Credit: GlobalLink/Inside Outer Space screengrab


The world eagerly awaits the first images from China’s Tianwen-1 lander/rover now planted on Mars.

The Tianwen-1 lander/rover touched down at a pre-selected landing area in the southern part of Utopia Planitia, a vast plain on the northern hemisphere of Mars, at 07:18 (Beijing Time) on Saturday.

The lander is expected to deploy a ramp for the rover Zhurong in the coming days before the device rolls out onto Mars and starts its exploring. This six-wheeled robot is built to reconnoiter the Red Planet for at least 90 Martian days.

Artwork depicts lander/rover at landing site.
Credit: CAST

Patience required

Meanwhile, the Tianwen-1 orbiter is set to relay data and images from the rover. Patience is required, suggested Zhang Yuhua, deputy chief commander of the Tianwen-1 Mars mission, noting an upcoming orbit correction needed and the process of receiving and sending data from Utopia Planitia back to Earth.

Credit: CCTV/Inside Outer Space screengrab

The orbiter is equipped with a directional antenna used to communicate with the Earth. Now free of the lander and the rover, the orbiter serves as a relay satellite to forward byte-by-byte communications between the landing vehicle and Earth.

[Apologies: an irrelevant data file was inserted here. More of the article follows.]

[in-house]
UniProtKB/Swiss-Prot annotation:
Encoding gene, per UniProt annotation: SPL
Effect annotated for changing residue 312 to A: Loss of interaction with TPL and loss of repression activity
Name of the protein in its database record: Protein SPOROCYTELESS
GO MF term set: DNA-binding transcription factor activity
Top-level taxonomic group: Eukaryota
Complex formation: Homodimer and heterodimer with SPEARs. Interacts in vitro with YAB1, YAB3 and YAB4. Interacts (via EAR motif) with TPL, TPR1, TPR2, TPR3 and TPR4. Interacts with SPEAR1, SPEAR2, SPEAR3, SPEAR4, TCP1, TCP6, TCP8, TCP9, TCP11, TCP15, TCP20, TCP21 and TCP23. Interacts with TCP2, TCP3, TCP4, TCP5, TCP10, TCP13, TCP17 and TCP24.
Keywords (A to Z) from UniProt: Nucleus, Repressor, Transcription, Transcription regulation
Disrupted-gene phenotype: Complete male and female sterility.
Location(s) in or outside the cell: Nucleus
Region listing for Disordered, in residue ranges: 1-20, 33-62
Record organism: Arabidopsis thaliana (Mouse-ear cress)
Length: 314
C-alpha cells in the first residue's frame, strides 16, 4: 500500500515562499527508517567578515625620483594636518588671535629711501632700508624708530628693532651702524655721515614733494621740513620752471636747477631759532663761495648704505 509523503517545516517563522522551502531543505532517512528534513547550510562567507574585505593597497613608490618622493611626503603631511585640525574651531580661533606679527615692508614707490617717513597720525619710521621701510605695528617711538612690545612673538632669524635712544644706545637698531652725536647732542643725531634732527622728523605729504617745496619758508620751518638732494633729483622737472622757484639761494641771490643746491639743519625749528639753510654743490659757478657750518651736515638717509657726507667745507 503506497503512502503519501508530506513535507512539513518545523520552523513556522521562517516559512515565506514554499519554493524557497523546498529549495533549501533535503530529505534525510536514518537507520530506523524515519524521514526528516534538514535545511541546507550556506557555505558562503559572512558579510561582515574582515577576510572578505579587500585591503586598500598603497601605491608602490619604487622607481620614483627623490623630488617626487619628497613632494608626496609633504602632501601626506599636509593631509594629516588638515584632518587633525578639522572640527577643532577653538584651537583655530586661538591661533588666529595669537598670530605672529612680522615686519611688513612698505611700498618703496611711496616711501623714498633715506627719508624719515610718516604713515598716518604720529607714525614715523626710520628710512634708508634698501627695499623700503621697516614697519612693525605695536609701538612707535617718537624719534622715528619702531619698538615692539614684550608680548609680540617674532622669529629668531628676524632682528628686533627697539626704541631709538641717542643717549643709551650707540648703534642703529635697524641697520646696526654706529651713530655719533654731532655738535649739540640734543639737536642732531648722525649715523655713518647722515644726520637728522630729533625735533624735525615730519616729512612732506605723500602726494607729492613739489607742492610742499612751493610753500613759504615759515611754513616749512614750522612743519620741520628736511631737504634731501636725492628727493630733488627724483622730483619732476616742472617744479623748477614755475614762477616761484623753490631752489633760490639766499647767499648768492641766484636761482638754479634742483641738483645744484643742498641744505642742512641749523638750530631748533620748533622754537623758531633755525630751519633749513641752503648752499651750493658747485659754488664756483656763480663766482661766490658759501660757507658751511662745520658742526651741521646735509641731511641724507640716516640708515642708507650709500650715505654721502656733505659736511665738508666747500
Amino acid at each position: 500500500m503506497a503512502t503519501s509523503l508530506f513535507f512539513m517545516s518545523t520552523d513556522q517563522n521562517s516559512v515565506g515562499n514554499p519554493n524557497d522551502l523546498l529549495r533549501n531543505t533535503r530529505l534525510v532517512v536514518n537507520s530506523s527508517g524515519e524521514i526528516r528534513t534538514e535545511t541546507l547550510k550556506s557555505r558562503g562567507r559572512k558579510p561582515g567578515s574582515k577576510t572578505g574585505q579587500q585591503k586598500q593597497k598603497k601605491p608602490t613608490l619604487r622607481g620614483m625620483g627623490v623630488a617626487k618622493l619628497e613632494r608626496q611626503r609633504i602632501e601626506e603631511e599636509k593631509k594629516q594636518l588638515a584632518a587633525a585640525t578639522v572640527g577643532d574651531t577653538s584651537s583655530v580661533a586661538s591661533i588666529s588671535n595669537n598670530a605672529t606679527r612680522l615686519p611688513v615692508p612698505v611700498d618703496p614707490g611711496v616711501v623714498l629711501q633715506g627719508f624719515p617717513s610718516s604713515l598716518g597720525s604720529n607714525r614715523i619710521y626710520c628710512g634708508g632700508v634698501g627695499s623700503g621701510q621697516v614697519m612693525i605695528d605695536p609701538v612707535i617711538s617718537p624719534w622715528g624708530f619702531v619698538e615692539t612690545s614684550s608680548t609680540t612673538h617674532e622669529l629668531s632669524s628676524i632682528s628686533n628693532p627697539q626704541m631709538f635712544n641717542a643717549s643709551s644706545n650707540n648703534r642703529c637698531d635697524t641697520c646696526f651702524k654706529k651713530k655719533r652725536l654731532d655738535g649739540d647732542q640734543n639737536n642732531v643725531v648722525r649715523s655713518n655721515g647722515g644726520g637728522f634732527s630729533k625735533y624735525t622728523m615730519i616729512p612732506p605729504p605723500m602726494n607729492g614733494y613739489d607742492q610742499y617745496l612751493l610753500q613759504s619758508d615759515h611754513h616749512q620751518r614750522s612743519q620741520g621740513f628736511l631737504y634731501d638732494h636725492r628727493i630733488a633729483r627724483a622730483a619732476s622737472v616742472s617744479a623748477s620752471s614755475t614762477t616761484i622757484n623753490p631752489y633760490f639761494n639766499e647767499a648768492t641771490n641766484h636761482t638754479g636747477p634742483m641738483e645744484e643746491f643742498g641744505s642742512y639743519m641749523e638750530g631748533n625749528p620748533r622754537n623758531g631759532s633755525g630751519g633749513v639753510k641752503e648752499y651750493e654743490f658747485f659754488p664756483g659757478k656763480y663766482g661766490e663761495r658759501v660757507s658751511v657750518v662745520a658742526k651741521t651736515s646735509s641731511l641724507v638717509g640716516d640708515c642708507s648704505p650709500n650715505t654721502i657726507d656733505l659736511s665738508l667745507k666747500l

Scientific orbit

After the Zhurong rover collects and transmits back information about the Martian surface over the next 90 Martian days, the orbiter will enter a “scientific exploration orbit” to carry out short-distance planet observation for one Martian year (about 687 days on Earth).

Credit: CCTV/Inside Outer Space screengrab

The orbiter can collect data from the planet at different orbital heights in different phases to piece together a better understanding of the space environment at the Red Planet.

Go to this informative video from China Central Television (CCTV) that details the relaying of data from the surface of Mars back to Earth.

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